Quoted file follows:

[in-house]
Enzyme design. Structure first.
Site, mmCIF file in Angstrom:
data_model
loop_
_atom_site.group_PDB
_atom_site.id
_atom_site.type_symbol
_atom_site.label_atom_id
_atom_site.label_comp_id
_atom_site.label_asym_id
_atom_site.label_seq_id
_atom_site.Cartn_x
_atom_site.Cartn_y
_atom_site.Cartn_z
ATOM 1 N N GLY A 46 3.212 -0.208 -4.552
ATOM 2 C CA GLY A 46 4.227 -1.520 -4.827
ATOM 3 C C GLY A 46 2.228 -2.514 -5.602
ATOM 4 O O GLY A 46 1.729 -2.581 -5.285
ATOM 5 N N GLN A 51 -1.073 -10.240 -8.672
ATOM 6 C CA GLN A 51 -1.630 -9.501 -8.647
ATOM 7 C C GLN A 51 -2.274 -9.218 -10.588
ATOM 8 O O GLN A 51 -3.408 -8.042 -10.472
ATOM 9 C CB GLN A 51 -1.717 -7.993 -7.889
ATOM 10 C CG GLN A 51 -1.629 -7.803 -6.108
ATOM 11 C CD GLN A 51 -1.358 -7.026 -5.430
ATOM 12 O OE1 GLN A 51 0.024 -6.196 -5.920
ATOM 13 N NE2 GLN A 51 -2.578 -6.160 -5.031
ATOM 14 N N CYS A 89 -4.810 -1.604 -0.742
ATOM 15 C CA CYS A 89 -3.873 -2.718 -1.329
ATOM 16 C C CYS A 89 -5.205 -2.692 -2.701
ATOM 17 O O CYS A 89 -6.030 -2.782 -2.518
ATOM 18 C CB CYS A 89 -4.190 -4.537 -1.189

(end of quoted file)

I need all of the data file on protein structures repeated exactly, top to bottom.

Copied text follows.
[in-house]
Enzyme design. Structure first.
Site, mmCIF file in Angstrom:
data_model
loop_
_atom_site.group_PDB
_atom_site.id
_atom_site.type_symbol
_atom_site.label_atom_id
_atom_site.label_comp_id
_atom_site.label_asym_id
_atom_site.label_seq_id
_atom_site.Cartn_x
_atom_site.Cartn_y
_atom_site.Cartn_z
ATOM 1 N N GLY A 46 3.212 -0.208 -4.552
ATOM 2 C CA GLY A 46 4.227 -1.520 -4.827
ATOM 3 C C GLY A 46 2.228 -2.514 -5.602
ATOM 4 O O GLY A 46 1.729 -2.581 -5.285
ATOM 5 N N GLN A 51 -1.073 -10.240 -8.672
ATOM 6 C CA GLN A 51 -1.630 -9.501 -8.647
ATOM 7 C C GLN A 51 -2.274 -9.218 -10.588
ATOM 8 O O GLN A 51 -3.408 -8.042 -10.472
ATOM 9 C CB GLN A 51 -1.717 -7.993 -7.889
ATOM 10 C CG GLN A 51 -1.629 -7.803 -6.108
ATOM 11 C CD GLN A 51 -1.358 -7.026 -5.430
ATOM 12 O OE1 GLN A 51 0.024 -6.196 -5.920
ATOM 13 N NE2 GLN A 51 -2.578 -6.160 -5.031
ATOM 14 N N CYS A 89 -4.810 -1.604 -0.742
ATOM 15 C CA CYS A 89 -3.873 -2.718 -1.329
ATOM 16 C C CYS A 89 -5.205 -2.692 -2.701
ATOM 17 O O CYS A 89 -6.030 -2.782 -2.518
ATOM 18 C CB CYS A 89 -4.190 -4.537 -1.189